Gray cat wart

gray cat wart

White wart on cat

white cat wart

Are warts on cats a problem?

Warts on cats are usually not a problem. However, if they don’t go away and are left untreated, some will become cancerous. So, if a wart remains for more than about two months, you should take your kitty to the vet for diagnosis and treatment. 

It can also be an issue when your cat scratches and irritates a wart in her body. Inflamed skin lesions may be painful for your kitty, and they’re more likely to become infected. Any time there’s an inflamed or infected wart, you should take your kitty in for an exam.

Another way warts can be a problem is if they’re on the lips or mouth. If they continue to grow, they can interfere with your precious pet’s ability to eat or drink. Your veterinarian should see your cat when her oral warts are interfering with her daily routine.

How are warts diagnosed on a cat?

If your cat has a wart-like lesion, and it doesn’t go away in a few months or less, you should take her to the vet  Be prepared to let the doctor know when you first noticed the wart, whether it has grown or changed color, and if you have noticed any bleeding or signs of infection.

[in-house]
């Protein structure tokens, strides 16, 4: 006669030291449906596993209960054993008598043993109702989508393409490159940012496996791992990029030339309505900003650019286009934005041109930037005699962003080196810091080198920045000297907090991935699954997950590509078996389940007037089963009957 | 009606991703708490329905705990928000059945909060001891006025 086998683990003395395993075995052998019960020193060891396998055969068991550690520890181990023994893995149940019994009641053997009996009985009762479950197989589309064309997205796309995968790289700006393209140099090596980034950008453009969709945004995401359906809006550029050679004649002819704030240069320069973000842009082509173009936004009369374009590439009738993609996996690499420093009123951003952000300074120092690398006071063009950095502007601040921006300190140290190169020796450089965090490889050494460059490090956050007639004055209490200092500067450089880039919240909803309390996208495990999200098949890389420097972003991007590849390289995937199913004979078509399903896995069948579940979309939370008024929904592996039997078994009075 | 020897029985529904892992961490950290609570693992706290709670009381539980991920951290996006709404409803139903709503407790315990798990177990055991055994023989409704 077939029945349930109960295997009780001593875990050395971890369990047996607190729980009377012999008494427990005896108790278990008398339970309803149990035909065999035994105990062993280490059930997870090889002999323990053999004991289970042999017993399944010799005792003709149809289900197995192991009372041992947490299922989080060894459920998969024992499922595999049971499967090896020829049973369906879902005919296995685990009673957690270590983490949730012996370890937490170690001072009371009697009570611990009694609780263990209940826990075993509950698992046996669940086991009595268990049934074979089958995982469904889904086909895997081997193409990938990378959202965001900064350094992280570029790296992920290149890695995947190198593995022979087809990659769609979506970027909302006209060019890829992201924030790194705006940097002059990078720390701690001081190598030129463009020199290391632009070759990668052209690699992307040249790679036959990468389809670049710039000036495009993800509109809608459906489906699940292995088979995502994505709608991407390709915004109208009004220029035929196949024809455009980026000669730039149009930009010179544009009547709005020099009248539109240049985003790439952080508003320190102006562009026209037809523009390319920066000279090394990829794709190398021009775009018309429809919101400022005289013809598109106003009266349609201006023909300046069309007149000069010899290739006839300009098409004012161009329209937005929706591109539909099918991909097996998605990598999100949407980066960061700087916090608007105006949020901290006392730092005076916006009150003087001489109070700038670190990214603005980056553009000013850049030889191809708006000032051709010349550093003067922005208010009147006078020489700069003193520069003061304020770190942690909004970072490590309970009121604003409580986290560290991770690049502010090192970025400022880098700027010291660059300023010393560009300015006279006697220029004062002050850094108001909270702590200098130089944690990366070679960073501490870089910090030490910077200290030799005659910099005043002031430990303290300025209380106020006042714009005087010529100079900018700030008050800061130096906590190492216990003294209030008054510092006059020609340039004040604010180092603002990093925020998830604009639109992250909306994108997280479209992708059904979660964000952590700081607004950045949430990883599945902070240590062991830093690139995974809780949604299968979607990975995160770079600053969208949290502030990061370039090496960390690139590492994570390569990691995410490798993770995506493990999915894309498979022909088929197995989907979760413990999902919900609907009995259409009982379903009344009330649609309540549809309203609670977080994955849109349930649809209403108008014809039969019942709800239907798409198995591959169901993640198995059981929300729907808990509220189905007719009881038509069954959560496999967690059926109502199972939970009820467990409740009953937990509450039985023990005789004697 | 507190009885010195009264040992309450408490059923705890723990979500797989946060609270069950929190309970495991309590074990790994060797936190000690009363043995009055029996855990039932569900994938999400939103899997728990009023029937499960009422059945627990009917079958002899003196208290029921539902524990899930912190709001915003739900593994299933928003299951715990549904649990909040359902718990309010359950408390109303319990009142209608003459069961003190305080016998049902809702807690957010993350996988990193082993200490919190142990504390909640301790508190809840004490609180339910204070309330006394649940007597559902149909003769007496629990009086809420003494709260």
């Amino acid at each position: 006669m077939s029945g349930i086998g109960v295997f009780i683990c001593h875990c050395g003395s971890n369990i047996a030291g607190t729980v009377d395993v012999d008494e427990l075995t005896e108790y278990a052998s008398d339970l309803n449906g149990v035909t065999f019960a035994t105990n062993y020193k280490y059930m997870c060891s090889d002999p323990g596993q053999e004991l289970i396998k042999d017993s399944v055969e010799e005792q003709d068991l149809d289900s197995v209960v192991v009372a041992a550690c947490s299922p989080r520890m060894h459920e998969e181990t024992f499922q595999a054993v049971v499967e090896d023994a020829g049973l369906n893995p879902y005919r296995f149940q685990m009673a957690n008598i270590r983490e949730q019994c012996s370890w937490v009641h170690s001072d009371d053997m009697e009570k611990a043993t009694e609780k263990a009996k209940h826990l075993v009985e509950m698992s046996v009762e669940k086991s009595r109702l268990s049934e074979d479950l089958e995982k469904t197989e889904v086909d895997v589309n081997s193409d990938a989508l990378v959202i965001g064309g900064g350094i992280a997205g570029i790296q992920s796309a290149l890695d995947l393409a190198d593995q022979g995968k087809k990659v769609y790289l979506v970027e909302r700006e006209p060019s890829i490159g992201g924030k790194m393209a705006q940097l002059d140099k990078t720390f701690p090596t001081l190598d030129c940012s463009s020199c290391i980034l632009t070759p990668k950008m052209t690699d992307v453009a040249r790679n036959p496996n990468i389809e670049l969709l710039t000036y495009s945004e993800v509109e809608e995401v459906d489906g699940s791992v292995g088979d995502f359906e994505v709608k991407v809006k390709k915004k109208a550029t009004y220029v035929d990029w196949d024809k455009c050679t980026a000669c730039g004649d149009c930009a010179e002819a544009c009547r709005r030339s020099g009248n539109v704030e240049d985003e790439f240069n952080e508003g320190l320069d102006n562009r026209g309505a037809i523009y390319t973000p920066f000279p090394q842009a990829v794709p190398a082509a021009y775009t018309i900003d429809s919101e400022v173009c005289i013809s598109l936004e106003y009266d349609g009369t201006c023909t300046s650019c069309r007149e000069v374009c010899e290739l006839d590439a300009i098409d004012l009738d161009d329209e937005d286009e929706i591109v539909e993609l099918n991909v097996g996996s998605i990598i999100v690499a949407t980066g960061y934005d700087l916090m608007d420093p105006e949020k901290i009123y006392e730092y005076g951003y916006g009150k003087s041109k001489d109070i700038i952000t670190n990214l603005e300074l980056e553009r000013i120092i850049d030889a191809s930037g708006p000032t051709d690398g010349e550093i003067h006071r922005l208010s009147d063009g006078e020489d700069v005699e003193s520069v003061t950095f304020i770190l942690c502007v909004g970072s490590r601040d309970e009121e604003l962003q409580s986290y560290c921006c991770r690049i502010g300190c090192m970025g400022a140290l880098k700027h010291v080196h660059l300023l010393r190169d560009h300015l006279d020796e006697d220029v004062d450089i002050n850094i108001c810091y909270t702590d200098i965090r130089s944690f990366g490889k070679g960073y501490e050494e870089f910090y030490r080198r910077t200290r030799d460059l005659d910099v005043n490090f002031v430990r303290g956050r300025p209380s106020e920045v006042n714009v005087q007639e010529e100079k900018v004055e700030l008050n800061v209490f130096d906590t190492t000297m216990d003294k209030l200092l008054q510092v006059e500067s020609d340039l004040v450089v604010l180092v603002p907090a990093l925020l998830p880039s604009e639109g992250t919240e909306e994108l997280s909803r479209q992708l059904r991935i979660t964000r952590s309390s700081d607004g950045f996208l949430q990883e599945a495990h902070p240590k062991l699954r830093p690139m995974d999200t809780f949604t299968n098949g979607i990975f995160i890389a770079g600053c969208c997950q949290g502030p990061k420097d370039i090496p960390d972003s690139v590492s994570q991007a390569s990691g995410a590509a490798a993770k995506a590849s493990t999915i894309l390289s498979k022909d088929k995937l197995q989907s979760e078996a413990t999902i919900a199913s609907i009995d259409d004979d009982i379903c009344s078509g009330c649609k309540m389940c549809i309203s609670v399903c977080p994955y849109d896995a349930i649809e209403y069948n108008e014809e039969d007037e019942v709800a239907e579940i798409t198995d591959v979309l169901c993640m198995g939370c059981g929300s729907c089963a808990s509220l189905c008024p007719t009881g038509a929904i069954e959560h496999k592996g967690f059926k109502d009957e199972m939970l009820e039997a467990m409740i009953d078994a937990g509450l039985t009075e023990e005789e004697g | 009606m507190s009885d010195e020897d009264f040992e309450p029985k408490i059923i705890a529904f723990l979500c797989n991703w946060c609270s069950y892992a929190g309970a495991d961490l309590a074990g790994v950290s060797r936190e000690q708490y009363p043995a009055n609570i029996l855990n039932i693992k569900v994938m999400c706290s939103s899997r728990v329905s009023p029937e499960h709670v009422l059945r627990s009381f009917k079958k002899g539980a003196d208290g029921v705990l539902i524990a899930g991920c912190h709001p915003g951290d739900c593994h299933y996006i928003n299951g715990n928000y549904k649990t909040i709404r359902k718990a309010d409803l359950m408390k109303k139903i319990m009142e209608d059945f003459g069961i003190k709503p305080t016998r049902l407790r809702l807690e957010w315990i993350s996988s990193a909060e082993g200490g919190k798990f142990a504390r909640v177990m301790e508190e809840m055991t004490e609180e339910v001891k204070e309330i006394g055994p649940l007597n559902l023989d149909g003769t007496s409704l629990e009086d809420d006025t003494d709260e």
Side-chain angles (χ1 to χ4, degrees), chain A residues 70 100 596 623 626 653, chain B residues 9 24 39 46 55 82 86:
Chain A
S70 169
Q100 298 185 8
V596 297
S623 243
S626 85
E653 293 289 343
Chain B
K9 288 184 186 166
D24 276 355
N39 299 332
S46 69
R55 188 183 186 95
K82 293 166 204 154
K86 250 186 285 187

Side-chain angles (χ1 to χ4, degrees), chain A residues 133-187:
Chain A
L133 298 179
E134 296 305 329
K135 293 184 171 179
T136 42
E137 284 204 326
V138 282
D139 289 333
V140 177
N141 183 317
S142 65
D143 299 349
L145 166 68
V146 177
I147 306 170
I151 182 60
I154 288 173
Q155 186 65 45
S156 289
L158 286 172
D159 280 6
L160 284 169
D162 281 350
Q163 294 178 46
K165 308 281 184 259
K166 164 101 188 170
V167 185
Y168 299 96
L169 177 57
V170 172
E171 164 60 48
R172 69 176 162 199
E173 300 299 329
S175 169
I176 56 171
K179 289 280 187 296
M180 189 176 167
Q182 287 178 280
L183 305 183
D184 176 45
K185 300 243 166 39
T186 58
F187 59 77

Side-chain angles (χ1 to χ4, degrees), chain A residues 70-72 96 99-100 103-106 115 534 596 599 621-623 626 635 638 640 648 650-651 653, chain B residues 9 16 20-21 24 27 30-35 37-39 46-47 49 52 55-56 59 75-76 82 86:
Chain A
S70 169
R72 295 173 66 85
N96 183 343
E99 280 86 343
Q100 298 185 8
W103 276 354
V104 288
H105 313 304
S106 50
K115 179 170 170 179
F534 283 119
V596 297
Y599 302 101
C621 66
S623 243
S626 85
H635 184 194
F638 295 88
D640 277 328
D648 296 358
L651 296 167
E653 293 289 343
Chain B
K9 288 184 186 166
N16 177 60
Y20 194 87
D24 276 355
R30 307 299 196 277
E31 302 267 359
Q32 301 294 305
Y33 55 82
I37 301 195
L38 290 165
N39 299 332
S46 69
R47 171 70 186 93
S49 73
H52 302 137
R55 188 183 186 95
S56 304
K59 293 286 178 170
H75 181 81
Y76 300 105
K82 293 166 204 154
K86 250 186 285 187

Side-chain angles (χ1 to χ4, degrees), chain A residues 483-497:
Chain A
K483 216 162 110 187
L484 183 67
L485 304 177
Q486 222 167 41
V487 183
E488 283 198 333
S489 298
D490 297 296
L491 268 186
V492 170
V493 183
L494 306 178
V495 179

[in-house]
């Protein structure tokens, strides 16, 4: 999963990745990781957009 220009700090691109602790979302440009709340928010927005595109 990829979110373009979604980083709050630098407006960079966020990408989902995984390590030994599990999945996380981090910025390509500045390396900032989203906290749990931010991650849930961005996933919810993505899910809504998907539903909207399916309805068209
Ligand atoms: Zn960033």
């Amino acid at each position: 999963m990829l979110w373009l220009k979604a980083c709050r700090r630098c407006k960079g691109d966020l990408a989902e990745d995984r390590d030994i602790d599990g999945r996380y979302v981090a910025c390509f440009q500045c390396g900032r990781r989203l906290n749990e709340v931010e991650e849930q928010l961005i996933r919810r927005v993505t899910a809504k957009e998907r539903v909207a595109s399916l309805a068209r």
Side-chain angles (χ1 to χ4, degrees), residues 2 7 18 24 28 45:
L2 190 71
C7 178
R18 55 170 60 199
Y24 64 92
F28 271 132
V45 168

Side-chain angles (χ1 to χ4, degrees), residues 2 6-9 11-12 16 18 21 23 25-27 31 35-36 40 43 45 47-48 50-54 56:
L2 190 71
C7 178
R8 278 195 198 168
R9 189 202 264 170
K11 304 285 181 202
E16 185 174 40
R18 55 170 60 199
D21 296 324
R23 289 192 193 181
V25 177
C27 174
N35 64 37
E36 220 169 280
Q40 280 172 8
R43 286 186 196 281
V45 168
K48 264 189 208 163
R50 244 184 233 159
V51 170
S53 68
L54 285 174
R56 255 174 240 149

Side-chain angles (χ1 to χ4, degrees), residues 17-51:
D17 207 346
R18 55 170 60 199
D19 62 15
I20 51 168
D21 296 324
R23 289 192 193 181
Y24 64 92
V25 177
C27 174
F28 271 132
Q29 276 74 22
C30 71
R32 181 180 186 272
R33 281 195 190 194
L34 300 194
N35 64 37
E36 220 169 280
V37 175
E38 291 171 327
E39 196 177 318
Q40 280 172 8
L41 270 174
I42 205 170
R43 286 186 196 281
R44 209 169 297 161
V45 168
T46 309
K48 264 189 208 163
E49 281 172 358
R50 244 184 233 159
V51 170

The doctor can get a closer look at the growth and may take a biopsy. Your vet may take all or part of the growth to check for papillomavirus and determine whether there are any cancerous cells. The biopsy should also indicate whether the wart is linked to other health conditions.

What is the treatment for warts on cats?

There are three ways that your veterinarian may choose to treat warts on your cat. 


Depending on the biopsy results, your vet may choose to treat your kitty with antiviral, antifungal, or anti-inflammatory medicine. Usually, the drugs will be topical applications that are easy for you to apply to the wart.


As with humans, cat warts can be treated by freezing. Using cryotherapy can help reduce the wart’s size or cause it to fall off completely. This procedure can help relieve discomfort and help to reverse lethargy and a loss of appetite.